Probiotics Might Be the Only Treatment You Need

Abstract Lactobacillus Bulgaricus Bacteria - 3d rendered microbiology image. Medical research, health-care concept. SEM (TEM)scanning view
Abstract Lactobacillus Bulgaricus Bacteria - 3d rendered microbiology image. Medical research, health-care concept. SEM (TEM)scanning view

Probiotics are incredibly important to gut health as the average person has been made aware by now. The popularity of probiotic products has been on a steady incline for several years, particularly as some individuals, especially homemakers, are finding they can provide healthy products for their families while selling these as a side hustle as well. 

Beyond this, brands have picked up on the probiotic trends and have marketed products to highlight probiotic ingredients. Of course this isn’t necessarily a bad thing. In fact, in the scheme of things there are plenty of other bandwagons to hop on that don’t produce positive outcomes for consumers. Probiotics, on the other hand, are massively important to our health and their growing popularity could hardly be seen as a bad thing. 

In the US, 20 million people are affected by chronic digestive issues, and more than half of us have digestive problems at least once a year, across the globe. More than 70% of Americans are regularly faced with digestive trouble and almost half of us will go to work with some kind of digestive issue going on. 

Probiotics are vitally important to the makeup of our gut microbiome. This microbiome is composed of all the bacteria, fungi, and viruses living inside our guts. We’re born with this microbiome and it can become unhealthy by the things we eat and the habits we keep. For instance, sugar, antibiotics, and a lack of exercise all contribute to an unhealthy gut microbiome.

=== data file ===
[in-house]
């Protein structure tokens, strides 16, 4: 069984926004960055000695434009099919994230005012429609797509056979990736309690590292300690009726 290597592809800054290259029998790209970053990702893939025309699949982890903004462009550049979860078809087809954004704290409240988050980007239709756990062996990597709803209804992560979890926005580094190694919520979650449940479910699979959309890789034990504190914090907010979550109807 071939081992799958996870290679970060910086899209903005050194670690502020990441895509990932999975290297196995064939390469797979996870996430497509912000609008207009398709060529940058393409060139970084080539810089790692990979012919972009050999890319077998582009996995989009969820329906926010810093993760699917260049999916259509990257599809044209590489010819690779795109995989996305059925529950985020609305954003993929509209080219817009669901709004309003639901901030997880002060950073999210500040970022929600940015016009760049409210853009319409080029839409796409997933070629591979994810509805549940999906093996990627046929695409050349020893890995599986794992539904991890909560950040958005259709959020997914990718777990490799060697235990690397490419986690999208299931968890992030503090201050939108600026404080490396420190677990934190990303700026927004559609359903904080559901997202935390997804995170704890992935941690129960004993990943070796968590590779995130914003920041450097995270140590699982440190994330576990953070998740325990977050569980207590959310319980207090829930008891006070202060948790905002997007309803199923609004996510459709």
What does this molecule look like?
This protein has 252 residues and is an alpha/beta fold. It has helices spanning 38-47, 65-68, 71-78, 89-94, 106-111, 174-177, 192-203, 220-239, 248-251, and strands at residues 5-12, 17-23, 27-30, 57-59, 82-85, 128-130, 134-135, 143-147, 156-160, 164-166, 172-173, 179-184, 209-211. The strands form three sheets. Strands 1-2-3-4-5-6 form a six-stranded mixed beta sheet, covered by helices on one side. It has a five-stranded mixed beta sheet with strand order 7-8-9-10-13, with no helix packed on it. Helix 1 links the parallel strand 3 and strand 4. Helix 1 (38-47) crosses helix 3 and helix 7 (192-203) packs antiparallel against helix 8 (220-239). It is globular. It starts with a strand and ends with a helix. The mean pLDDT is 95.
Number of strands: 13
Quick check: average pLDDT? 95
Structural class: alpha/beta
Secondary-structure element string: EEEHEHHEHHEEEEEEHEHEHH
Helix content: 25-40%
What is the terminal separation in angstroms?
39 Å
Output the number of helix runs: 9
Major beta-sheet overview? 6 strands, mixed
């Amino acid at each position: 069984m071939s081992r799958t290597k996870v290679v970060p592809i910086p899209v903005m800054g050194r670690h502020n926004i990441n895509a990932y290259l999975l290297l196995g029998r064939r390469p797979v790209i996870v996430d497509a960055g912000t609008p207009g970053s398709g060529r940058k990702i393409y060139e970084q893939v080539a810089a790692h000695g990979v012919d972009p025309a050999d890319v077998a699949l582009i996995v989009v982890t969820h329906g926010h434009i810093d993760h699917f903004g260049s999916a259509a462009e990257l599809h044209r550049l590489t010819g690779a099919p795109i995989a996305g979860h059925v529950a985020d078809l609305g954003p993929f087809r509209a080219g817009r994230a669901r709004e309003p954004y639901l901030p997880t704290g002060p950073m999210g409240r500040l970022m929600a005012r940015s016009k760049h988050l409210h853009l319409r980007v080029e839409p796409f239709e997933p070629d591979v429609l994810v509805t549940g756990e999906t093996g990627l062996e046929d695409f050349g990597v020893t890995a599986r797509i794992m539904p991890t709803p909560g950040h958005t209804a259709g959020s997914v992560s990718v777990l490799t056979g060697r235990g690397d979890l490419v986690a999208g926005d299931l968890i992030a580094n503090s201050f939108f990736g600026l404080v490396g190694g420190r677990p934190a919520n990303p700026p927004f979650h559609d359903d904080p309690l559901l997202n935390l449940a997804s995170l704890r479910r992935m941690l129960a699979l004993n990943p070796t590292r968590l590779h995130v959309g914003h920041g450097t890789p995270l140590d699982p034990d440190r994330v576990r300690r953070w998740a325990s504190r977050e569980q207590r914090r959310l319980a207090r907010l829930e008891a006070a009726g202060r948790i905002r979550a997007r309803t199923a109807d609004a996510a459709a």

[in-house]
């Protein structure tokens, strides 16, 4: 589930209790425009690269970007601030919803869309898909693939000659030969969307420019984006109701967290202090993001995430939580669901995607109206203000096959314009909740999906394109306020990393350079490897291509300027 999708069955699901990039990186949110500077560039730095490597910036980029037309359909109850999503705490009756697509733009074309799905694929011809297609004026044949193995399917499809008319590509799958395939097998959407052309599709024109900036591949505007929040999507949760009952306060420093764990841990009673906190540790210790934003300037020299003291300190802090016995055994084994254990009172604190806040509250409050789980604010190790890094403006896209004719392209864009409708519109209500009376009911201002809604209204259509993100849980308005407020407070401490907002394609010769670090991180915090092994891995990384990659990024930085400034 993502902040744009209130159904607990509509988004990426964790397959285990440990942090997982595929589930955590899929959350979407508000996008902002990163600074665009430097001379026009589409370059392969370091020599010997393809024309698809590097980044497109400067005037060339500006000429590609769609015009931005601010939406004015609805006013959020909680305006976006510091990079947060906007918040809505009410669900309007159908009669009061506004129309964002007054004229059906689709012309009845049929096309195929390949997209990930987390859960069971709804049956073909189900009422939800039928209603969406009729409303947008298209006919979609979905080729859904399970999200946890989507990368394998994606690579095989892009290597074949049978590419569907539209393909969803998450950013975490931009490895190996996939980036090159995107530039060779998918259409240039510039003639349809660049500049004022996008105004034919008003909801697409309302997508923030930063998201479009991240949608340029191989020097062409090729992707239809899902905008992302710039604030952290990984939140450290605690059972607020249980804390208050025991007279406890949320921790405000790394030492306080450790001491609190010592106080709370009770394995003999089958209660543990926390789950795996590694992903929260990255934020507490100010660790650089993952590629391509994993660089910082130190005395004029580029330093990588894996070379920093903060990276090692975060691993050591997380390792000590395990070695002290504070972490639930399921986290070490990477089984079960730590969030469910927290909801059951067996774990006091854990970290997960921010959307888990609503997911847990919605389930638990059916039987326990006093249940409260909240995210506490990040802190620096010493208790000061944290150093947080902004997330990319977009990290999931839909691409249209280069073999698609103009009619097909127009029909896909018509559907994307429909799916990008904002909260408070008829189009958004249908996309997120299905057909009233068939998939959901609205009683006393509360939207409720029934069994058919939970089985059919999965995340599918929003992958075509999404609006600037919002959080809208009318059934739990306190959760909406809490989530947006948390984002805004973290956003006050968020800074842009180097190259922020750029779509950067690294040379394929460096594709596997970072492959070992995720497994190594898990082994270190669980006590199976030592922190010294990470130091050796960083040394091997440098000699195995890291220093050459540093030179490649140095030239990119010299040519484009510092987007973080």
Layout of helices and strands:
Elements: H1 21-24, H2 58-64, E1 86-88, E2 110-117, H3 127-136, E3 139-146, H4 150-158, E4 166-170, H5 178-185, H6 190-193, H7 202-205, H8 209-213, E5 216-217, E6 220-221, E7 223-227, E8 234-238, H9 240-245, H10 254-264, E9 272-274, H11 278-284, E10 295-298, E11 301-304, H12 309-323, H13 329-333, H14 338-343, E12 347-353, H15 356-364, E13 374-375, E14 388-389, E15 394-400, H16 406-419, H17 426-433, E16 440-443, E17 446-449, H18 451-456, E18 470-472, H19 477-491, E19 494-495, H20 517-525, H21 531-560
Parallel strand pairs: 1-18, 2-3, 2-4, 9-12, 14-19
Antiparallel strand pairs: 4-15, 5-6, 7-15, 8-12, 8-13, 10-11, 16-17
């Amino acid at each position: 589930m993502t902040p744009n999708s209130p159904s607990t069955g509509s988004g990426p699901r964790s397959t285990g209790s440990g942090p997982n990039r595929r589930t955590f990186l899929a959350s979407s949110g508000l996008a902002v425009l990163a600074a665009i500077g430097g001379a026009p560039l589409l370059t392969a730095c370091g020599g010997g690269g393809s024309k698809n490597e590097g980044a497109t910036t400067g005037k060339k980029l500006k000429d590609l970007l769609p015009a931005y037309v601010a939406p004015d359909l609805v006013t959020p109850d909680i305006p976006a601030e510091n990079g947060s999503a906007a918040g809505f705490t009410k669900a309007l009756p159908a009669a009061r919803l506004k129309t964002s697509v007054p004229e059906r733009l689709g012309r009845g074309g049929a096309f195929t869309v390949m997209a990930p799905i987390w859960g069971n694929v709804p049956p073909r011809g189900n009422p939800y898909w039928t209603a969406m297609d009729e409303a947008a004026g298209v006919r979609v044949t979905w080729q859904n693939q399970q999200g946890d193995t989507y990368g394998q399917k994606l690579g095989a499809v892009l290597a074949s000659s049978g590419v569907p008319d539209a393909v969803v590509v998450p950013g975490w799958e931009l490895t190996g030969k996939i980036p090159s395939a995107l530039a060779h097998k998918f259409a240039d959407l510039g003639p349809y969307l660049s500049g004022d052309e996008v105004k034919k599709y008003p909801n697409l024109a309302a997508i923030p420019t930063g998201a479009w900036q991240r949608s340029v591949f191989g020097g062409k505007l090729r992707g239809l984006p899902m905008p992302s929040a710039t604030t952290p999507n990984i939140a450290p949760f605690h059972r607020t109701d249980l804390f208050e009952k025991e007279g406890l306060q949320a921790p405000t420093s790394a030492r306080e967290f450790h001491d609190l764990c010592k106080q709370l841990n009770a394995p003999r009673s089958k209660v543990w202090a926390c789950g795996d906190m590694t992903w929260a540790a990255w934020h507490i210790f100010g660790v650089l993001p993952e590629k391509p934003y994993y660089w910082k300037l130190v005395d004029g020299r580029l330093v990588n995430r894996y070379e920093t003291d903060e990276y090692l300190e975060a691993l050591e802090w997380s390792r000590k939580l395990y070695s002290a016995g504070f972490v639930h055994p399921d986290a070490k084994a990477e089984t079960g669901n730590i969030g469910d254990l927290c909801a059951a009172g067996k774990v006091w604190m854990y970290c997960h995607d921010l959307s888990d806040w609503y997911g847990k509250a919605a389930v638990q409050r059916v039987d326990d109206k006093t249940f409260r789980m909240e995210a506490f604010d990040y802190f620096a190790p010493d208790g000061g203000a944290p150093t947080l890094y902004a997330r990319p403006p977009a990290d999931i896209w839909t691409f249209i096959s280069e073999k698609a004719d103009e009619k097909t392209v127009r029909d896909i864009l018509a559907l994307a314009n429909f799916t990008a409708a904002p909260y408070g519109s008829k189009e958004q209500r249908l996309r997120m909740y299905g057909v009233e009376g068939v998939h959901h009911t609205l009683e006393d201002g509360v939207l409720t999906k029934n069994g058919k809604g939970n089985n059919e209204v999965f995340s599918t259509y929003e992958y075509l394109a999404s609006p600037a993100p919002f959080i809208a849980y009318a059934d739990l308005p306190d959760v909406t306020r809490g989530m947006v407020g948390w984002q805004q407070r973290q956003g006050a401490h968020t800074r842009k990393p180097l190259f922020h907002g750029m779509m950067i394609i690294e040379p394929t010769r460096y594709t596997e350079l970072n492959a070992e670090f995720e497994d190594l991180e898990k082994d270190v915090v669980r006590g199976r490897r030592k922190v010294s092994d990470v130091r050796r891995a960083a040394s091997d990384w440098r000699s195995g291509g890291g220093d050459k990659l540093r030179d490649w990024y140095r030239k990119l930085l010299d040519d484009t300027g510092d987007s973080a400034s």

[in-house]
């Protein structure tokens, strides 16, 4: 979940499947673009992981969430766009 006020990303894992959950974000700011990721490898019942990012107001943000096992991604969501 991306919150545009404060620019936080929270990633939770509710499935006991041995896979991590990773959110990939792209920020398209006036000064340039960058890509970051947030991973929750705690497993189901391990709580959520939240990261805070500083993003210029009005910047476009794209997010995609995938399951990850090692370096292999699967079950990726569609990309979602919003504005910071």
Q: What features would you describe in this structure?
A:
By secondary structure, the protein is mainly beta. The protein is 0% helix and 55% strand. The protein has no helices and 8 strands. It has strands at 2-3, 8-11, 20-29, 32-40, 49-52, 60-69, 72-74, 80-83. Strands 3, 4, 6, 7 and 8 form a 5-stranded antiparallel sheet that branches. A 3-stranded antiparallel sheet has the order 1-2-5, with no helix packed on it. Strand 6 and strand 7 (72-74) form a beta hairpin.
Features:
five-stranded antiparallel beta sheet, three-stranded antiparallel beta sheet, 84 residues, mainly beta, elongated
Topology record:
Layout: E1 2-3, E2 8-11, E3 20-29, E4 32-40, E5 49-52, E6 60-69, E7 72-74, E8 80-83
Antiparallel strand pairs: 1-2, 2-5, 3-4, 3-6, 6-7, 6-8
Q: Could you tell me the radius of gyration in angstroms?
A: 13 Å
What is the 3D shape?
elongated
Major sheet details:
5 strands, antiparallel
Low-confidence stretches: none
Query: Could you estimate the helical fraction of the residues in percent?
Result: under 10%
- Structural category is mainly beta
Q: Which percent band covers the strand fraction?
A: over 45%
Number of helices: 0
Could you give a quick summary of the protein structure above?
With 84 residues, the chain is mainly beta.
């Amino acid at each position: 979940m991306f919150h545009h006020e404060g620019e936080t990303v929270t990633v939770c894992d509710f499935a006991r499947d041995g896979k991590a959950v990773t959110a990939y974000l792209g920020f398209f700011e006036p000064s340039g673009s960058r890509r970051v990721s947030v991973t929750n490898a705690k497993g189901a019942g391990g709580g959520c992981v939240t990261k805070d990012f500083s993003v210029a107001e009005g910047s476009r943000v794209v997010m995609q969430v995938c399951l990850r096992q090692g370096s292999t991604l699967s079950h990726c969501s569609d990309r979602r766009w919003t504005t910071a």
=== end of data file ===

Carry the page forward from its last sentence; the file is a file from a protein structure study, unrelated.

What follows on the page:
On the other hand, the gut microbiome can also be made healthy again through a healthy diet, regular exercise, and quality probiotic supplements. 

It may be surprising to know that the gut microbiome has a significant effect on virtually every other part of our bodies. It affects our brain health and serotonin levels, it affects our inflammation levels, and it even affects our immune system as nearly all of our immune cells are within the microbiome. 

Since the COVID pandemic, we’re all a little (or a lot) more focused on our general health and our immune system in particular. It stands to reason that a healthy gut offers much more protection against diseases than an unhealthy one. Considering that there are trillions of bacteria in the gut, then anyone attempting to stay healthy should take a serious look at quality probiotic supplements. 

There are many probiotic supplements on the market, as well as other products such as yogurt, kefir, kimchi, and other fermented products, that can be a significant source of probiotics. These probiotics are responsible for inhibiting the growth of harmful bacteria, helping to strengthen the immune system, stimulating growth of helpful bacteria, and they’re even suspected to reduce the symptoms of neurodevelopmental disorders, chemotherapy, and even stress and depression. 

Probiotics and a healthy gut microbiome seem like a miraculous answer to so many of the health issues that are common to the world’s population. Decreased inflammation alone can reduce symptoms or completely reverse many of the most common diseases. 

Anyone who wishes to improve their health in any regard should make quality probiotic supplements a top priority.